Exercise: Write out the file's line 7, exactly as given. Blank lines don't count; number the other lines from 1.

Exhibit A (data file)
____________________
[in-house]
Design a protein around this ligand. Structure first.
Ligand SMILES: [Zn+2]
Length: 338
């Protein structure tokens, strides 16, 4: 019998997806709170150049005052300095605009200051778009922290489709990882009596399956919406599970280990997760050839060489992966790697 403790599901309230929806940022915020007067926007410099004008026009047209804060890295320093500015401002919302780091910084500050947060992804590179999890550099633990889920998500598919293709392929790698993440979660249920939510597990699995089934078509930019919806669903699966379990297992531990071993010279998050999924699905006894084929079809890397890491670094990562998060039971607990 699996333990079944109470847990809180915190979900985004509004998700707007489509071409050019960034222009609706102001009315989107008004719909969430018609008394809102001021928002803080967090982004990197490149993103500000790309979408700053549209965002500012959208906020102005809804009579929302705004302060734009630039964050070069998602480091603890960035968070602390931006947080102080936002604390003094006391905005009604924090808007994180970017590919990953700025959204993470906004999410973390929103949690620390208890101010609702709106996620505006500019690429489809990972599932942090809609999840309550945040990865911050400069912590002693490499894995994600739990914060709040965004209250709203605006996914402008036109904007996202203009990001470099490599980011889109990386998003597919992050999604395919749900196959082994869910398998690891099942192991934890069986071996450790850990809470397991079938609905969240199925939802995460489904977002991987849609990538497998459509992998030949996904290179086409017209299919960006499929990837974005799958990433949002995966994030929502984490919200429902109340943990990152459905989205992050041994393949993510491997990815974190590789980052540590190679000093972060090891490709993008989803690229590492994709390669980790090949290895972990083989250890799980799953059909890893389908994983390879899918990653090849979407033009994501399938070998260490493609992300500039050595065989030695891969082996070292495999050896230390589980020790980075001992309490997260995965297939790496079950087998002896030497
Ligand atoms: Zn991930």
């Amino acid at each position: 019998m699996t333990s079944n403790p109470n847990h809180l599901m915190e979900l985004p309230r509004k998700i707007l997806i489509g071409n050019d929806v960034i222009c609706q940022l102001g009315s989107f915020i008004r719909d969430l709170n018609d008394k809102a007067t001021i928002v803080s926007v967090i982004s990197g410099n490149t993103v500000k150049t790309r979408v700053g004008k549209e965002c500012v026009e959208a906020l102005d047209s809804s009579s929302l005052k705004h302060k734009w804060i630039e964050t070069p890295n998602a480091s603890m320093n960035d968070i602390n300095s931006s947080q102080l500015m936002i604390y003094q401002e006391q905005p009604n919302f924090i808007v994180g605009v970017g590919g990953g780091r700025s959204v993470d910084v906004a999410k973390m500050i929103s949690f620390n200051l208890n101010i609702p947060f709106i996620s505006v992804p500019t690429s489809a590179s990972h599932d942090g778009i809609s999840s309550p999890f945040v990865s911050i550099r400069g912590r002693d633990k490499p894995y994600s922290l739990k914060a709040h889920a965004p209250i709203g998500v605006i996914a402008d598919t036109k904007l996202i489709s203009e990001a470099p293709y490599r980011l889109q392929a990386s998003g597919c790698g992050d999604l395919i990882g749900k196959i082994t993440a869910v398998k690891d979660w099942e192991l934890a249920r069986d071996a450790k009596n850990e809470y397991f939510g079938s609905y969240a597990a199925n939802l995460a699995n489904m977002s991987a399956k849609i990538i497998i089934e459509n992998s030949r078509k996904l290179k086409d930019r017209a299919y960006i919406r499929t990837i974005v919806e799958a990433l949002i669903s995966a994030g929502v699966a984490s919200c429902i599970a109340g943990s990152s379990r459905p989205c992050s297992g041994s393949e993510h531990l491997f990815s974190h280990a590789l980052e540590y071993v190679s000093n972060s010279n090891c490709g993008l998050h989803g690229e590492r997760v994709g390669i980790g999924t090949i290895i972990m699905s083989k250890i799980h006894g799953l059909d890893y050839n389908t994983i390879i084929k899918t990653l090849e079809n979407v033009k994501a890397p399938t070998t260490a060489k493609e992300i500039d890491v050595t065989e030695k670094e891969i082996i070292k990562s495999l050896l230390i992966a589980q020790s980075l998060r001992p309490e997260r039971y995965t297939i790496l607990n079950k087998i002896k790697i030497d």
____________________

């Amino acid at each position: 019998m699996t333990s079944n403790p109470n847990h809180l599901m915190e979900l985004p309230r509004k998700i707007l997806i489509g071409n050019d929806v960034i222009c609706q940022l102001g009315s989107f915020i008004r719909d969430l709170n018609d008394k809102a007067t001021i928002v803080s926007v967090i982004s990197g410099n490149t993103v500000k150049t790309r979408v700053g004008k549209e965002c500012v026009e959208a906020l102005d047209s809804s009579s929302l005052k705004h302060k734009w804060i630039e964050t070069p890295n998602a480091s603890m320093n960035d968070i602390n300095s931006s947080q102080l500015m936002i604390y003094q401002e006391q905005p009604n919302f924090i808007v994180g605009v970017g590919g990953g780091r700025s959204v993470d910084v906004a999410k973390m500050i929103s949690f620390n200051l208890n101010i609702p947060f709106i996620s505006v992804p500019t690429s489809a590179s990972h599932d942090g778009i809609s999840s309550p999890f945040v990865s911050i550099r400069g912590r002693d633990k490499p894995y994600s922290l739990k914060a709040h889920a965004p209250i709203g998500v605006i996914a402008d598919t036109k904007l996202i489709s203009e990001a470099p293709y490599r980011l889109q392929a990386s998003g597919c790698g992050d999604l395919i990882g749900k196959i082994t993440a869910v398998k690891d979660w099942e192991l934890a249920r069986d071996a450790k009596n850990e809470y397991f939510g079938s609905y969240a597990a199925n939802l995460a699995n489904m977002s991987a399956k849609i990538i497998i089934e459509n992998s030949r078509k996904l290179k086409d930019r017209a299919y960006i919406r499929t990837i974005v919806e799958a990433l949002i669903s995966a994030g929502v699966a984490s919200c429902i599970a109340g943990s990152s379990r459905p989205c992050s297992g041994s393949e993510h531990l491997f990815s974190h280990a590789l980052e540590y071993v190679s000093n972060s010279n090891c490709g993008l998050h989803g690229e590492r997760v994709g390669i980790g999924t090949i290895i972990m699905s083989k250890i799980h006894g799953l059909d890893y050839n389908t994983i390879i084929k899918t990653l090849e079809n979407v033009k994501a890397p399938t070998t260490a060489k493609e992300i500039d890491v050595t065989e030695k670094e891969i082996i070292k990562s495999l050896l230390i992966a589980q020790s980075l998060r001992p309490e997260r039971y995965t297939i790496l607990n079950k087998i002896k790697i030497d």